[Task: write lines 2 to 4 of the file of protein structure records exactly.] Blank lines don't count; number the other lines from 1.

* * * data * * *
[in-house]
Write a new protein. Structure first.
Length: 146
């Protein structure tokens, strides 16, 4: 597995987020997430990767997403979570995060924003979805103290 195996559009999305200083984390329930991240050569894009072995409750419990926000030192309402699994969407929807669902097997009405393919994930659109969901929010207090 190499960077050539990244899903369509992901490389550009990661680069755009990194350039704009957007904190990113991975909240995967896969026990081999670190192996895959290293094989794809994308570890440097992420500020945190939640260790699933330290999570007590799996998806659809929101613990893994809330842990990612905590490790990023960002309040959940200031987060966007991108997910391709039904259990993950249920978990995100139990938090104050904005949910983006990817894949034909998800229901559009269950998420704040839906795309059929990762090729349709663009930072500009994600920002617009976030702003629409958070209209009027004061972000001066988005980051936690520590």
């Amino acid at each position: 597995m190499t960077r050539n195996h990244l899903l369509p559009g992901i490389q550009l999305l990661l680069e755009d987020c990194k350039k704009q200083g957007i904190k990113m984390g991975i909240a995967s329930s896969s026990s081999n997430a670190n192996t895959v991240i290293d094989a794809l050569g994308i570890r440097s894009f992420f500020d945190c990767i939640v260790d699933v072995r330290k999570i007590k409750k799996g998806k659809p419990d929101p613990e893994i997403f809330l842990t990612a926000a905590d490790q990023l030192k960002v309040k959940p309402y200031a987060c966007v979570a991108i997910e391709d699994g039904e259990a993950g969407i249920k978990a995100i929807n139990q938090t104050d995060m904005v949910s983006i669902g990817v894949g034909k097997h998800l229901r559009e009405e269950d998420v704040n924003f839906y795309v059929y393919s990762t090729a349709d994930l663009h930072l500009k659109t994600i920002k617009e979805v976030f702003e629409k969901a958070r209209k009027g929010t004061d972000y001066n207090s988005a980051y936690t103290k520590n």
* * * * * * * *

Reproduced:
Write a new protein. Structure first.
Length: 146
């Protein structure tokens, strides 16, 4: 597995987020997430990767997403979570995060924003979805103290 195996559009999305200083984390329930991240050569894009072995409750419990926000030192309402699994969407929807669902097997009405393919994930659109969901929010207090 190499960077050539990244899903369509992901490389550009990661680069755009990194350039704009957007904190990113991975909240995967896969026990081999670190192996895959290293094989794809994308570890440097992420500020945190939640260790699933330290999570007590799996998806659809929101613990893994809330842990990612905590490790990023960002309040959940200031987060966007991108997910391709039904259990993950249920978990995100139990938090104050904005949910983006990817894949034909998800229901559009269950998420704040839906795309059929990762090729349709663009930072500009994600920002617009976030702003629409958070209209009027004061972000001066988005980051936690520590």